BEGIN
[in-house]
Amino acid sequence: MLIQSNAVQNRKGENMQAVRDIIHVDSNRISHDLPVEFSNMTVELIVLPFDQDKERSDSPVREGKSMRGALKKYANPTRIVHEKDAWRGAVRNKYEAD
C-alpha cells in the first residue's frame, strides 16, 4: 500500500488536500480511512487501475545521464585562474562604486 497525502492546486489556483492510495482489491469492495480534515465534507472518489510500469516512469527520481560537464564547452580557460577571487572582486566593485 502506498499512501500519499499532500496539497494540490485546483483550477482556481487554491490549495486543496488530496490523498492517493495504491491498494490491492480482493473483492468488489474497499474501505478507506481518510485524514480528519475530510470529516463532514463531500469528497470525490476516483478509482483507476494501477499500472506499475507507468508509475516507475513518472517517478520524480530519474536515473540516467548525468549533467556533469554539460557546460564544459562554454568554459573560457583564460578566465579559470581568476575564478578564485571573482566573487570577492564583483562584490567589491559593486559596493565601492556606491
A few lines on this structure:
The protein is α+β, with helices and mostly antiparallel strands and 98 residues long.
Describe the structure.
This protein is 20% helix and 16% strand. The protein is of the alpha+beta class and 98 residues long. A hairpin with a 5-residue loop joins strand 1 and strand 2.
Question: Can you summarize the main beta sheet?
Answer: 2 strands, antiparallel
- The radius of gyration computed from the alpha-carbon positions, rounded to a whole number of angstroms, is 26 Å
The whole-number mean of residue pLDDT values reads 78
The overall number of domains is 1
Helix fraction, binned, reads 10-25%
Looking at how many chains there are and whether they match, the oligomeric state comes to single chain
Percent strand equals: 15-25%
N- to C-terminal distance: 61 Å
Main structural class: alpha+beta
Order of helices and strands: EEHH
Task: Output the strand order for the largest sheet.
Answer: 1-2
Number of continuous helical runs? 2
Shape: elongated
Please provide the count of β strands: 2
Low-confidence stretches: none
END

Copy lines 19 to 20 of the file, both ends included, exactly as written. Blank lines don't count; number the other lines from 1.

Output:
Task: Output the strand order for the largest sheet.
Answer: 1-2